D.C. Mayor Muriel E. Bowser took the oath of office Wednesday, becoming the first mayor in 16 years reelected to lead the nation’s capital and the first woman to serve multiple terms.
After attending an interfaith prayer service at a church in Mount Vernon Square, Bowser (D) headed to the Walter E. Washington Convention Center for a ceremony in which D.C. Council Chairman Phil Mendelson (D), Attorney General Karl A. Racine, D.C. Del. Eleanor Holmes Norton (D) and other local lawmakers were also to be sworn in. Every incumbent won reelection last year, unusual in a city where residents in recent years have tended to topple their elected leaders.
“Today, I follow in the footsteps of Marion Barry and Anthony Williams and take this oath for a second time,” Bowser said. “Like them, I do not view a second term as a chance to warm the seat but to think and act boldly as we work together to take on our toughest challenges.”
She begins another four-year term as the city’s economy continues to boom amid rapid gentrification, as the District enjoys a AAA bond rating and as the population has broken the 700,000 mark — a dramatic resurgence. The 46-year-old Washington native did not have to defend her record during a low-key reelection campaign that drew no serious challenger.
But significant wealth disparities persist between the rich and poor, differences that are particularly pronounced between the largely African American neighborhoods east of the Anacostia River and the rest of the city.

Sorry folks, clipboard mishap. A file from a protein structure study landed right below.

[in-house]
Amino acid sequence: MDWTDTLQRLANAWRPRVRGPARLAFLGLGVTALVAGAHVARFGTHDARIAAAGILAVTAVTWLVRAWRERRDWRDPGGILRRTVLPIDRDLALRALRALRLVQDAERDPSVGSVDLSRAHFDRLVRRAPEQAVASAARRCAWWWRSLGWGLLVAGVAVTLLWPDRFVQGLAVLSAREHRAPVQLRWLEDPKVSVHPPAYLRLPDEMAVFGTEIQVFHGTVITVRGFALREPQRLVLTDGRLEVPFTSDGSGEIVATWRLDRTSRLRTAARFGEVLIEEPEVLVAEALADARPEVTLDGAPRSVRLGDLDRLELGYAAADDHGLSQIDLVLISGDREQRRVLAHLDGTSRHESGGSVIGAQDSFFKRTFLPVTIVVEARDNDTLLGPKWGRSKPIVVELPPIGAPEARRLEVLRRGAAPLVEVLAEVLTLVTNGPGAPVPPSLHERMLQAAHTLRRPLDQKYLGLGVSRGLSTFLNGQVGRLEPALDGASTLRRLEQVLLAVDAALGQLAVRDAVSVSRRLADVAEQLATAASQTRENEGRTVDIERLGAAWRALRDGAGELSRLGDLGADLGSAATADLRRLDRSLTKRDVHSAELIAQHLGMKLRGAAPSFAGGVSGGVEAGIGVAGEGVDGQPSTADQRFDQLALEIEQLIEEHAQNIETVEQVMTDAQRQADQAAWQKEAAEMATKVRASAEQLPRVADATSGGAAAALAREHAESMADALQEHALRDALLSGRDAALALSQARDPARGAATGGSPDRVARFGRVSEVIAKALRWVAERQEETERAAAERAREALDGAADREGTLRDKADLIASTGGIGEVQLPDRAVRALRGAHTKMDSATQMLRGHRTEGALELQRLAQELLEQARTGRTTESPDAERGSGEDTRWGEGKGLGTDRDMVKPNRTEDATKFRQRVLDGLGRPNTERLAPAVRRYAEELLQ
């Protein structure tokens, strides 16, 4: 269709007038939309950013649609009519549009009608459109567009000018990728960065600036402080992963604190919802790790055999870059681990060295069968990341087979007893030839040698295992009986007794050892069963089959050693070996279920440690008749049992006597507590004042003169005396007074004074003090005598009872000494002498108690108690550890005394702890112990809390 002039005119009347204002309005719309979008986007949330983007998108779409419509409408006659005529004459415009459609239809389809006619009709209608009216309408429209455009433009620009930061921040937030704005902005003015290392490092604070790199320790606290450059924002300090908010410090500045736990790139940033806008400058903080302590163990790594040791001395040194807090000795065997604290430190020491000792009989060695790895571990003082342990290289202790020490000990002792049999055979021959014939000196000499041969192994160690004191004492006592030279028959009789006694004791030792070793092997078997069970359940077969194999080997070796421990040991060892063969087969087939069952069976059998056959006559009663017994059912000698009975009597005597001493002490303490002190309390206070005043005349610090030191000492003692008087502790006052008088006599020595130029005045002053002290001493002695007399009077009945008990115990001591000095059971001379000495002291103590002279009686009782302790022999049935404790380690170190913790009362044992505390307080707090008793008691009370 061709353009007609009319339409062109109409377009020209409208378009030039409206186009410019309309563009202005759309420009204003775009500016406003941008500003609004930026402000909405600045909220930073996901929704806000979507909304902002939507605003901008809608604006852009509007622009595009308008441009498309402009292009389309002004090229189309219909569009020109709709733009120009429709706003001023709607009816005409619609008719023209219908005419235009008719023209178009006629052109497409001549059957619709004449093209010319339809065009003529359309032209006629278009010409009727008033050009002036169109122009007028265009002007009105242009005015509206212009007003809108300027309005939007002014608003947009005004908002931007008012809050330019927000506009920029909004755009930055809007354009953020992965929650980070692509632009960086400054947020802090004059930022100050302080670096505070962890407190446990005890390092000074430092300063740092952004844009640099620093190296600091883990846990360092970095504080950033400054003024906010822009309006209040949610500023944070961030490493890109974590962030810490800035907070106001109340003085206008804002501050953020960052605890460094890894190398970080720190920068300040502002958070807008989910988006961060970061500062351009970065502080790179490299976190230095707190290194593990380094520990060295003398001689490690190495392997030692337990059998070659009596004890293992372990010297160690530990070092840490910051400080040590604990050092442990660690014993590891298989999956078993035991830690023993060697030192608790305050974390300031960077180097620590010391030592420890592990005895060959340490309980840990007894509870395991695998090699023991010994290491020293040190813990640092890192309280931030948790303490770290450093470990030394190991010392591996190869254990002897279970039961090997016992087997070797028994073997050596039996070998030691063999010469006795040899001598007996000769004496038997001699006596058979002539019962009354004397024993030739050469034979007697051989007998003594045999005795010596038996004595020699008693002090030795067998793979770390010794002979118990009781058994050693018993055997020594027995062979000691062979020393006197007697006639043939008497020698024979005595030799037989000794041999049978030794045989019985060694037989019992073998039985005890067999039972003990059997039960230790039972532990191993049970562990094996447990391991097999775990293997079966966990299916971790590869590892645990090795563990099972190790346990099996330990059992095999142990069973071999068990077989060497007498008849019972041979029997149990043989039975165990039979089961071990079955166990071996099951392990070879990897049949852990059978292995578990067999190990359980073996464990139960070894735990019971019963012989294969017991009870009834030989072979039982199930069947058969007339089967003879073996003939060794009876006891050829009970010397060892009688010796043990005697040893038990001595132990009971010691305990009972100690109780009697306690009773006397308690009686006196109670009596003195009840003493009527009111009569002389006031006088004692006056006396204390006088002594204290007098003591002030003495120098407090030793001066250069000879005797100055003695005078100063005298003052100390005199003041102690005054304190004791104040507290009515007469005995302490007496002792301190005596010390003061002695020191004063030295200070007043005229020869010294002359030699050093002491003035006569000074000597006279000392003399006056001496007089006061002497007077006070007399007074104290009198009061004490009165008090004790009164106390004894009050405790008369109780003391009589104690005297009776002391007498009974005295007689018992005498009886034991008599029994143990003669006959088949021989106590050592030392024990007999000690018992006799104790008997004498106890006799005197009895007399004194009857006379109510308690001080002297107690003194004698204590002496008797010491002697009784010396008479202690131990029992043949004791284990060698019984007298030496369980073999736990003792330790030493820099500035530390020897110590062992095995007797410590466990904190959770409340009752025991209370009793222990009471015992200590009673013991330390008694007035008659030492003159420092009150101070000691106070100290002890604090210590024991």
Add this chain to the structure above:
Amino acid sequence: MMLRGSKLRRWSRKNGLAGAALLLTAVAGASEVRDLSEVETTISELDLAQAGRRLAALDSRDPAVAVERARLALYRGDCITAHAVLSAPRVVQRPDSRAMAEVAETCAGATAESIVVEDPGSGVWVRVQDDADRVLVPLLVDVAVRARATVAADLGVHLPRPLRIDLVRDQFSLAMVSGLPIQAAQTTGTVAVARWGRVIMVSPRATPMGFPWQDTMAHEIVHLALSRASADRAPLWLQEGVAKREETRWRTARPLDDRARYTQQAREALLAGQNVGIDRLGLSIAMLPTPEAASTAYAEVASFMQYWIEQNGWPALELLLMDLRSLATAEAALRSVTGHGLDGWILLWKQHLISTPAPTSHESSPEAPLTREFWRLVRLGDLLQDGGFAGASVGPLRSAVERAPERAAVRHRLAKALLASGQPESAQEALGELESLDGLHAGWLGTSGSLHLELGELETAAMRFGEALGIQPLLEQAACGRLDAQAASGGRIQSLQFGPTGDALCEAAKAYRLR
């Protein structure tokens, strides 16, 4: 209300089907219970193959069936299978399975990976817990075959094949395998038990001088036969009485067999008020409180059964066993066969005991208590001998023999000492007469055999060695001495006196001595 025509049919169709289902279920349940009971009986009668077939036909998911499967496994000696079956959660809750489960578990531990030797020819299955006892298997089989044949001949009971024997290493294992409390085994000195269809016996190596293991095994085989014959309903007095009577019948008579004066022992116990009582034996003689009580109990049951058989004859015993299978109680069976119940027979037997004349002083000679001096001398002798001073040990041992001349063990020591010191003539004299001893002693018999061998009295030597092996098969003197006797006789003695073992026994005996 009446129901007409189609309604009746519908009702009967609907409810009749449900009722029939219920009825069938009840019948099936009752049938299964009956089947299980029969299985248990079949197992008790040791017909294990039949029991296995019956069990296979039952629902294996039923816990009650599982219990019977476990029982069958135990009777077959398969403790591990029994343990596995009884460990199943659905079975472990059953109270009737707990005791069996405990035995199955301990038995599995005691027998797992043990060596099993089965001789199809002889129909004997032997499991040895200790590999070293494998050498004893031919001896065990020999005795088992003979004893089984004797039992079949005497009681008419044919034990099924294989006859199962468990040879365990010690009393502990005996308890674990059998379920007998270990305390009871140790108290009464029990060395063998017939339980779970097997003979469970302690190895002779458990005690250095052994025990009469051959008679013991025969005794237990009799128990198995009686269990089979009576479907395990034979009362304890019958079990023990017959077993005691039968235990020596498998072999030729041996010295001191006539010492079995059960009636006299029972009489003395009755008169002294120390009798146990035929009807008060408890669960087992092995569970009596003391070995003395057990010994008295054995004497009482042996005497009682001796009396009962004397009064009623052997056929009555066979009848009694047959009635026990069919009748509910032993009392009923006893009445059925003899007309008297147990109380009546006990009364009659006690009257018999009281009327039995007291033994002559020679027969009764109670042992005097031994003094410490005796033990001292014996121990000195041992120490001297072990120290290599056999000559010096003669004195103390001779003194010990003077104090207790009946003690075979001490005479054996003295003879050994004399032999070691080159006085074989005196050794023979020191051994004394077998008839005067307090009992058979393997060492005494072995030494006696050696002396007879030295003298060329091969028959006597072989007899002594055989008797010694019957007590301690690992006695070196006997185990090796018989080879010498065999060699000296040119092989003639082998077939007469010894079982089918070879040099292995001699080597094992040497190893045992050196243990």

“When people ask what I want to be remembered for, it comes down to this — a relentless commitment to a fair shot for every single D.C. resident. Period,” Bowser said, adding later, “We can’t take a victory lap as a whole if African Americans in our city continue to see lagging wages and a huge income disparity with their white neighbors.”
Bowser faces criticism over her handling of public schools, her close ties to developers, homelessness and affordable housing.
And while she won reelection with 76 percent of the vote in the mayoral contest, she fell behind other winners in citywide races, including Racine, Mendelson, Norton and even the low-key “shadow senator” Michael D. Brown (D), suggesting that many voters decided to skip over her name on the ballot.
In her first term, the mayor’s biggest achievements have included the closure of the D.C. General homeless mega-shelter and the creation of a network of smaller shelters for homeless families. She shepherded new developments, including an entertainment and sports arena in impoverished Ward 8 and Audi Field at Buzzard Point.
Bowser avoided the kind of voter backlash that doomed her mentor, Adrian M. Fenty, who served a single term from 2007 to 2011 and whose framed photo Bowser keeps in her office. Fenty was on hand Wednesday to see his protege achieve the second term that eluded him, but he declined to comment on Bowser’s achievement.
She also steered clear of the type of ethics scandal that in 2014 helped her unseat her predecessor, Vincent C. Gray, who now serves on the council. He saw his mayoral reelection hopes dashed after he became mired in a campaign finance probe that led to convictions of several associates.
Bowser’s immediate priorities for 2019 include taxing and regulating the sale of marijuana — which may be possible after the Democratic takeover of the House — as well as launching a new hospital in Southeast Washington, coaxing the Redskins to return to the District and promoting the District’s campaign for statehood.
In her second term, Bowser also has to grapple with challenges from her first term.